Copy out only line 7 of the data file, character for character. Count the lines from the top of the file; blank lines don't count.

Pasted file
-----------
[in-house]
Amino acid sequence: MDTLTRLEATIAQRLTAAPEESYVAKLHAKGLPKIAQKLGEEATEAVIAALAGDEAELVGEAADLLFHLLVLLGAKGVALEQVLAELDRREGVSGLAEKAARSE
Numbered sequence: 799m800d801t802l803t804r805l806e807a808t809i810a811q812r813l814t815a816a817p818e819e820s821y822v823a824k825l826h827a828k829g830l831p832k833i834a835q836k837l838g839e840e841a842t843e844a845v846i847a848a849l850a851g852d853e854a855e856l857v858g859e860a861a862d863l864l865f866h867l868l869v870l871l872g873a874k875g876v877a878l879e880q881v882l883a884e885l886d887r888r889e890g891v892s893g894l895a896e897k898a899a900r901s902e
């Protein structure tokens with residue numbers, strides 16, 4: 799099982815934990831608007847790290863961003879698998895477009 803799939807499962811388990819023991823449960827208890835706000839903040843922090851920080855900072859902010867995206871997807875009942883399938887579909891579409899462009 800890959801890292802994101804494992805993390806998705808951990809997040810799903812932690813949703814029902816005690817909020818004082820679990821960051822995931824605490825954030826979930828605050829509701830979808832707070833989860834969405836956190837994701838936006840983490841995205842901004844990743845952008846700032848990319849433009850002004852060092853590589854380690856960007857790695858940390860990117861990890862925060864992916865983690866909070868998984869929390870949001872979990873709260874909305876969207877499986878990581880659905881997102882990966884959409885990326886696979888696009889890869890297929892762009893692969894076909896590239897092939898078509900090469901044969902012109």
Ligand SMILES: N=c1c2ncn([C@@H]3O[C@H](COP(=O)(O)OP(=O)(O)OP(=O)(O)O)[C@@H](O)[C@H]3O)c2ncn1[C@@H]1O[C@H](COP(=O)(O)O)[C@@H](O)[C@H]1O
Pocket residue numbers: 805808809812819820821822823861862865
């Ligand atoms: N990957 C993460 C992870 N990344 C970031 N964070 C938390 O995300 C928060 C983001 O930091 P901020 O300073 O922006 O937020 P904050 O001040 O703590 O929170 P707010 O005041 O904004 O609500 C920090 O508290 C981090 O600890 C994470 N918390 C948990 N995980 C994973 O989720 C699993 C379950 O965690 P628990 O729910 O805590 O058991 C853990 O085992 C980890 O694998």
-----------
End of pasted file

């Ligand atoms: N990957 C993460 C992870 N990344 C970031 N964070 C938390 O995300 C928060 C983001 O930091 P901020 O300073 O922006 O937020 P904050 O001040 O703590 O929170 P707010 O005041 O904004 O609500 C920090 O508290 C981090 O600890 C994470 N918390 C948990 N995980 C994973 O989720 C699993 C379950 O965690 P628990 O729910 O805590 O058991 C853990 O085992 C980890 O694998």